STEP Viewer User Guide

General Information

Open STEP Viewer is a professional-grade viewer for STEP files and is developed by Open Design Alliance (ODA). Open STEP Viewer can view and work with various Application Protocol schemas including AP203, AP214, AP242 (edition .3 and earlier), CIS/2 files, and assembly files from Domain Model schemas.

Download and Install Open STEP Viewer

Open STEP Viewer is available for Microsoft® Windows® and Apple® OS X® platforms.

To download and install Open STEP Viewer:

  • Go to
  • Click Download
  • Read and accept the Open STEP Viewer license agreement, then perform Captcha verification
  • Save the file to your computer
  • Run the downloaded file and follow the instructions

Launch Open STEP Viewer

To start Open STEP Viewer, double-click the Open STEP Viewer desktop shortcut that was created during installation. Or you can launch the OpenSTEPViewer.exe executable file (on Windows) that is located in the installation folder.

Open STEP Viewer first displays with an empty drawing area, tab bar, quick bar, and side panels. Many options and actions are not available until you open a file.

Work with Files

Open a File

Open STEP Viewer can open the following file formats:

  1. STEP (.step, .stp)
  2. STPX (.stpx)
  3. STEPZIP (.stpz, .stpxz, .stpa, .stpxa)

To open a file:

  1. Choose File > Open, click Open on the quick bar or press CTRL + O
  2. Choose the desired file format to open
  3. Navigate to a file, choose it, then click Open

A progress bar appears when opening a file. The top bar shows the progress at each stage of opening the file, and the bottom bar shows the overall progress of opening the file.

Open STEP Viewer uses a modeler to work with 3D models and geometry that can be later displayed later by a rendering application. The modeler can create new model bodies (for example, boxes, spheres, extrusions, etc.) and can modify existing bodies via Boolean operations. Those bodies can be rendered later by an application. ODA Solid Modeler is the default modeler used by Open STEP Viewer.

B-Rep Tolerance

The B-Rep tolerance controls the detail of rendered objects and can be either dynamic or static. This option controls how advanced B-Reps (objects that are drawn as-is, i.e., non-faceted bodies are created for these objects) deviate from original NURBS or analytical surfaces. Lower tolerance values produce a more visually correct result but increase the load time of a file.

Export a File

To export an open file to PDF format, choose File > Publish PDF. The next example shows how to export a scene to a PDF file and view it with Adobe® Acrobat® Reader®.

Append a File

To append an existing file to the currently opened file, choose File > Append.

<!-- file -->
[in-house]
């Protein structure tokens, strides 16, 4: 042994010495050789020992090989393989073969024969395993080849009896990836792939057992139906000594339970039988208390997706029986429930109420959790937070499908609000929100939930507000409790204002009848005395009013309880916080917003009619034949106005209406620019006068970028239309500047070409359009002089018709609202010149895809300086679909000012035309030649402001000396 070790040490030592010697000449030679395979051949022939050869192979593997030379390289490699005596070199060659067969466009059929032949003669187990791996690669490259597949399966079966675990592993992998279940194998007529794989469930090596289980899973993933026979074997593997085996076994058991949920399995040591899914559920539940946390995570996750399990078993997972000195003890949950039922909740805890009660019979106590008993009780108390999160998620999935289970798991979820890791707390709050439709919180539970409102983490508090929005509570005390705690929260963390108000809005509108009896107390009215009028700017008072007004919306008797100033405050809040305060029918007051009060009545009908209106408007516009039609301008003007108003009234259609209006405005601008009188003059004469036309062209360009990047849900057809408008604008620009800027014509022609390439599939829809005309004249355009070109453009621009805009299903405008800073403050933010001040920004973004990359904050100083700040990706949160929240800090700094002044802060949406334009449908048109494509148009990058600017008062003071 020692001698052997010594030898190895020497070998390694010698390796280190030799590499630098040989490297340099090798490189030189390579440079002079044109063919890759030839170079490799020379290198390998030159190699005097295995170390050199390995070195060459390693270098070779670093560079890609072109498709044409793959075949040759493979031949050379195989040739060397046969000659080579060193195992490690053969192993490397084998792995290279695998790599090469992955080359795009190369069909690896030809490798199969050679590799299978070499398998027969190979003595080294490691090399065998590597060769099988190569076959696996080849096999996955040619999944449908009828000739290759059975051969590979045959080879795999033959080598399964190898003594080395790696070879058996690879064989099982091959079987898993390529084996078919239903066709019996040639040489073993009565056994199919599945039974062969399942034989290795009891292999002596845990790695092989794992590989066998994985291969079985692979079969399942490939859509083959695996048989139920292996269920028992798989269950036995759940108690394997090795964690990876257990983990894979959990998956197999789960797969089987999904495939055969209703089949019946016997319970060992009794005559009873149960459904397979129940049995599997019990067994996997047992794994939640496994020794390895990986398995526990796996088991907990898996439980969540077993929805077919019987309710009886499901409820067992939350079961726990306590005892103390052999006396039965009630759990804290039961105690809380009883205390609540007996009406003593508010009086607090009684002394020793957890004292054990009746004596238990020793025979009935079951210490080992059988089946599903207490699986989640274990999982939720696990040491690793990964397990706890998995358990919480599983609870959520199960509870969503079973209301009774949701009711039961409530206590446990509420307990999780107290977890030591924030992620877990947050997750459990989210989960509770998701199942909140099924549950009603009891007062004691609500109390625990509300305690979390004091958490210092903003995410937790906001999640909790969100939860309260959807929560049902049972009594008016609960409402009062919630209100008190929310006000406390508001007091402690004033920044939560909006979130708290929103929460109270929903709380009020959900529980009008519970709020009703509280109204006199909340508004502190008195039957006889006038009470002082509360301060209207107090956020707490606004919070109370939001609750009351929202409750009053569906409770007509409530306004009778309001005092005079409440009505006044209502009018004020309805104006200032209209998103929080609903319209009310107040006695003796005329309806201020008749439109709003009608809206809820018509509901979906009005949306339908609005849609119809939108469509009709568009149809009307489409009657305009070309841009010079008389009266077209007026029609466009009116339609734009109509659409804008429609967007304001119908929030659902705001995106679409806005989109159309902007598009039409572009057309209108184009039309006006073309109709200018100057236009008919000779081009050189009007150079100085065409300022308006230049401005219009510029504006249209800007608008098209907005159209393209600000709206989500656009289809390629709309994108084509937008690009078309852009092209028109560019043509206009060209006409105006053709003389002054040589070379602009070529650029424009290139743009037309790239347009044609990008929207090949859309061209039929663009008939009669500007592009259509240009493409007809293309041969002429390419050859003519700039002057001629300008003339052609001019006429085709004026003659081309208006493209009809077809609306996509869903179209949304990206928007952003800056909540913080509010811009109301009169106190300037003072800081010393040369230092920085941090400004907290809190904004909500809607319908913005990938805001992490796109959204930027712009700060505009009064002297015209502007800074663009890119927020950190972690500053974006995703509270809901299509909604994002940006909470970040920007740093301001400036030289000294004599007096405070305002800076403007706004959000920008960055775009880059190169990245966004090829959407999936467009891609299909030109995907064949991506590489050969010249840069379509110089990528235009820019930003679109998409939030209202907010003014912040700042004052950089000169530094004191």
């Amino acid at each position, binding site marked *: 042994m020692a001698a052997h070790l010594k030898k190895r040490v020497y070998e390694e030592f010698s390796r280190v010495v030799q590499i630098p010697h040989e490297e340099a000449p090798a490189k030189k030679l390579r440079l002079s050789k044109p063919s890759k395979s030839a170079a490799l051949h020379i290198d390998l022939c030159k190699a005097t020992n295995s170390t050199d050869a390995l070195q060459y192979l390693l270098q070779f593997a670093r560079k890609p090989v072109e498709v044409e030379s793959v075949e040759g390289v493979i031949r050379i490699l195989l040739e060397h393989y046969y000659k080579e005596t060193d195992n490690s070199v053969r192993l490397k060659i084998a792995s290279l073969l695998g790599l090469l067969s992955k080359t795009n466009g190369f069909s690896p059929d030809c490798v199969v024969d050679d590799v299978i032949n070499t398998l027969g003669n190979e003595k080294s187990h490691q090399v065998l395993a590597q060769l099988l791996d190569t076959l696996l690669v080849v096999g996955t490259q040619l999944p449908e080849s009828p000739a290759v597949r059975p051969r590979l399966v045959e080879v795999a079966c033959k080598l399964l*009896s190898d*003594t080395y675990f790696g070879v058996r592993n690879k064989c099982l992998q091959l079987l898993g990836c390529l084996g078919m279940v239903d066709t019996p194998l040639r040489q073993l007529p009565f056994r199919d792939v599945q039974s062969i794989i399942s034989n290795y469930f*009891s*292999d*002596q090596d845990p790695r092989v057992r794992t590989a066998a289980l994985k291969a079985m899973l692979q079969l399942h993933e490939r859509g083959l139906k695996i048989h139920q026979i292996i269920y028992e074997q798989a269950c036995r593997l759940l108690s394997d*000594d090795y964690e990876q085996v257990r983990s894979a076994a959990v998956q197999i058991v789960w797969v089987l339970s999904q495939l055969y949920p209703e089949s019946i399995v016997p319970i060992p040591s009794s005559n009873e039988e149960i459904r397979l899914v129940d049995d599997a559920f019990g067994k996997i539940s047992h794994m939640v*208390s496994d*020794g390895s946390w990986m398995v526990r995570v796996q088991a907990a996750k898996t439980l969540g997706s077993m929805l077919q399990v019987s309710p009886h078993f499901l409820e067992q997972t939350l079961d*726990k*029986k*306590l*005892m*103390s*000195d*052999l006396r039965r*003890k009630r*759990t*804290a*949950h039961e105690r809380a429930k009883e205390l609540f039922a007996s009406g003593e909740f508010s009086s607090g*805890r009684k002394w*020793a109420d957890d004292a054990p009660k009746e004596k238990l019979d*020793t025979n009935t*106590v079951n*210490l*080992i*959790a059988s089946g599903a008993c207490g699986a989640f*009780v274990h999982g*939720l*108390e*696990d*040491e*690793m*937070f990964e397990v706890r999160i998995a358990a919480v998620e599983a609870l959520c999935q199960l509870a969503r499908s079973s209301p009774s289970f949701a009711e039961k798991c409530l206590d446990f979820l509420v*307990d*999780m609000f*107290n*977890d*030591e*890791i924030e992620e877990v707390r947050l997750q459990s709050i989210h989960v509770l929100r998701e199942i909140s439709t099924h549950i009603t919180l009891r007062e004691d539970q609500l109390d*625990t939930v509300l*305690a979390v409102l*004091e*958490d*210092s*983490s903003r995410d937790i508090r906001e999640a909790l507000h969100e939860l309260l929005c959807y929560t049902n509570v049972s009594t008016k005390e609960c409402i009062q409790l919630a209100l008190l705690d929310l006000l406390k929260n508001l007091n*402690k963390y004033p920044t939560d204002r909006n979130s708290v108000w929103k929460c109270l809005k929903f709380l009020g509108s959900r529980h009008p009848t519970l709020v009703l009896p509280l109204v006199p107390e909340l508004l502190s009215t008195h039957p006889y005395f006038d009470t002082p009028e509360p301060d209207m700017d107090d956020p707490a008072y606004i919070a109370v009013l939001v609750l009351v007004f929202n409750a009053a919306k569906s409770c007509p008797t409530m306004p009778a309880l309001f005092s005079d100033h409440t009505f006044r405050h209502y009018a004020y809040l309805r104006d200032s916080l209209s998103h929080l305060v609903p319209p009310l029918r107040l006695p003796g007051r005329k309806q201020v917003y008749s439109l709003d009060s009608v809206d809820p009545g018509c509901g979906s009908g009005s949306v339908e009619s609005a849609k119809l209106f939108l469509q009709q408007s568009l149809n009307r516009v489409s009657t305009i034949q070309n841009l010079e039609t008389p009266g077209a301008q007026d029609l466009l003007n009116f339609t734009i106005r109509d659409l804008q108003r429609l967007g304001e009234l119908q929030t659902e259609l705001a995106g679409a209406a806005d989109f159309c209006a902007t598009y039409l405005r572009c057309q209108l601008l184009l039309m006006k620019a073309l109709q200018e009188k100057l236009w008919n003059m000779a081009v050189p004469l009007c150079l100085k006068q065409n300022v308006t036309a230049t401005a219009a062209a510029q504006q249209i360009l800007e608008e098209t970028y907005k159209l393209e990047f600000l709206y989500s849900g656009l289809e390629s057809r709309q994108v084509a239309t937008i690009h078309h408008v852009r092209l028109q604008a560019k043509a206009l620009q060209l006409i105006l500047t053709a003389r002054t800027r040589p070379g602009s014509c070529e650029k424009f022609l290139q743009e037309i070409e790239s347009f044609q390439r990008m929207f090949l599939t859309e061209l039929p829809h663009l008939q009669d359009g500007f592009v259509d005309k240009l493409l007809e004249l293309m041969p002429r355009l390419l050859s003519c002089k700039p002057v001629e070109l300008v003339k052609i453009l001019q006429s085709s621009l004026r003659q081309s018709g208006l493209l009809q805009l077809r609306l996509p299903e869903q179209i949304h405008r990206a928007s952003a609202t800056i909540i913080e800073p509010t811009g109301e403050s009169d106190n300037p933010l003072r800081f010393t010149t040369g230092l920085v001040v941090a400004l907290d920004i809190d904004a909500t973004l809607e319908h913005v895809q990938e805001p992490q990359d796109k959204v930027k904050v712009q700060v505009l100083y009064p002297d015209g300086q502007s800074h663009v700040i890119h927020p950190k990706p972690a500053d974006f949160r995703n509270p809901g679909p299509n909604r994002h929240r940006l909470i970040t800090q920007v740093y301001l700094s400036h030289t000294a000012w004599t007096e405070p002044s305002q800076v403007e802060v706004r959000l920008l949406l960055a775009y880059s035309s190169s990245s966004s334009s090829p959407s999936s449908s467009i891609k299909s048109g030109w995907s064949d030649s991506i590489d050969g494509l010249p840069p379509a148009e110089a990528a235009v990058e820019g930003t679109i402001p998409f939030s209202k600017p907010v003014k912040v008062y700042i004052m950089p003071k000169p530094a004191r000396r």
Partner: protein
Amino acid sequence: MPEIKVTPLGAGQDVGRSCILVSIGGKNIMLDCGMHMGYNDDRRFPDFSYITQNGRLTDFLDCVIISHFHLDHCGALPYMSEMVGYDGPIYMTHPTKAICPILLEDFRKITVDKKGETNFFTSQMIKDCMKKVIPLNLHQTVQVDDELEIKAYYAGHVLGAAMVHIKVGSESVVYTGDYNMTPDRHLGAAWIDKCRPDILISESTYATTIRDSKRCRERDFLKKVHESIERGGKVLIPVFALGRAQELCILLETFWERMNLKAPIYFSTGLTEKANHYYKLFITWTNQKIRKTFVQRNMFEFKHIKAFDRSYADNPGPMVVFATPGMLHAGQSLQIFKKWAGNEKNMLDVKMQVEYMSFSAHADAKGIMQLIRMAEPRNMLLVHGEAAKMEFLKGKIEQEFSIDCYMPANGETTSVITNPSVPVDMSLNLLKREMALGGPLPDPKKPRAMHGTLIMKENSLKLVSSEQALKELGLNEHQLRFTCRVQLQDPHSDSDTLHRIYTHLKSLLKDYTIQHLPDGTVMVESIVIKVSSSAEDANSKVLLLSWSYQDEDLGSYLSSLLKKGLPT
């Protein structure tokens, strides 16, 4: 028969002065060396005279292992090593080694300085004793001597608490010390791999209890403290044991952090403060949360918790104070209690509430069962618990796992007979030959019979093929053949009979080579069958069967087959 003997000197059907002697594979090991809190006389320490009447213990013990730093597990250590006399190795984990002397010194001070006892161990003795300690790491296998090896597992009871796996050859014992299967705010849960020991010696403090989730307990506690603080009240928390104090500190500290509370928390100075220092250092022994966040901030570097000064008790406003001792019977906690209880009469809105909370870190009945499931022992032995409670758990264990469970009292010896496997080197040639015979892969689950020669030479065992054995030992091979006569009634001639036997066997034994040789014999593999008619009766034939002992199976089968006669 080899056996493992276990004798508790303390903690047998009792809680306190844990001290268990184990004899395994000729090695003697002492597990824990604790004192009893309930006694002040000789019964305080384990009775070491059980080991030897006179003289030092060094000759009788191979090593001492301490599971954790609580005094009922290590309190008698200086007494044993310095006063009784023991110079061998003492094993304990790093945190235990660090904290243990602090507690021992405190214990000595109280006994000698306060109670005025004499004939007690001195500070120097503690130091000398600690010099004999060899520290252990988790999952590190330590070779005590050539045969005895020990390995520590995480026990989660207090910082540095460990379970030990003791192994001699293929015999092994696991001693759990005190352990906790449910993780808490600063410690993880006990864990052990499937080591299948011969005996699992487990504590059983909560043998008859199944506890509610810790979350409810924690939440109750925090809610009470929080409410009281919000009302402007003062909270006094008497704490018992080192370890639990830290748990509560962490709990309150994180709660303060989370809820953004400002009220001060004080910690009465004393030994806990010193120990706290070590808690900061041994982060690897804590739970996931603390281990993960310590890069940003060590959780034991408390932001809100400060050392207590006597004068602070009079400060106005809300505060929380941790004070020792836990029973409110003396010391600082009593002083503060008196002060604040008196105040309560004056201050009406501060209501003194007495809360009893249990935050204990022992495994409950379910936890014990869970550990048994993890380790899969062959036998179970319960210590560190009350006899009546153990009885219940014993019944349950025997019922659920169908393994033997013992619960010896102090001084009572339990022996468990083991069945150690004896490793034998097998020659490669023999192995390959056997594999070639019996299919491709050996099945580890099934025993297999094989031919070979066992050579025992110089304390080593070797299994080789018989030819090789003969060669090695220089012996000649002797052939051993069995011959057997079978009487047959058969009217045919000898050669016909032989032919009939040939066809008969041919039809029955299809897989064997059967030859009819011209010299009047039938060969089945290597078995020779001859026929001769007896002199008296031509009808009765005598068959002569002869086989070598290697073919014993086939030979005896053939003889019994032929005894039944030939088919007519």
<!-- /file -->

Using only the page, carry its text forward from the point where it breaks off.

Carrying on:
Write to a File

To write changes to an existing file, right-click of the root node displayed in Object Explorer and choose Write in File. The current state of the model can be written to a compressed STEP file format (.stepA or .stepZ).

Explore Scene Objects

The Object Explorer panel allows you to explore objects of a STEP model. It displays the spatial structure of the currently opened model according to the ODA Common Data Access (CDA) interface. Click an object in Object Explorer to see its corresponding properties in the Properties panel on the right side.The Object Explorer panel allows you to explore objects of a STEP model. It displays the spatial structure of the currently opened model according to the ODA Common Data Access (CDA) interface. Click an object in Object Explorer to see its corresponding properties in the Properties panel on the right side.

The Options dialog allows you to modify the CDA: Cache Properties setting. This setting specifies whether to store native properties to CDA (Common Data Access) nodes during the import process. When using this option, you may see additional properties in the Properties panel, but note that they increase import time.

Also, you can right-click the Object Explorer panel to get various statistics about:

  • Model objects — statistics for objects in the model
  • Open time — time spent on various steps for loading a STEP file, creating geometry, displaying geometry, etc.
  • Geometry-related information — information from Visualize SDK about quantitative characteristics of the geometric representation of the model, for example, count of edges, count of faces, number of shells, etc.

Additionally, when clicking a root node in Object Explorer, the Properties panel displays general details, including information from the header section and data section, for example, schema, authors, units, etc.

Also, some nodes with geometric representation in Object Explorer can be exported to an STL file using the Export to STL command.

You can use the Set Camera View command for nodes that have a corresponding view defined in a draughting model. This command sets a view for the camera of the specified node and disables the display of dimensions that do not exist in that model. To revert the camera parameters, use the Revert Camera View command.

For a product instance, you can get a list of user-defined properties if there are any attached. These properties can be exported to a CSV file.

You can hide, isolate, and unhide most nodes in Object Explorer. For more details, see the Hide, Isolate, and Unisolate Scene Objects section.

Tree View

A tree view provides an easy way of navigating a model in a tree-like manner from the specified node inside Object Explorer. Tree views are available for most nodes — right-click a node and choose Tree View.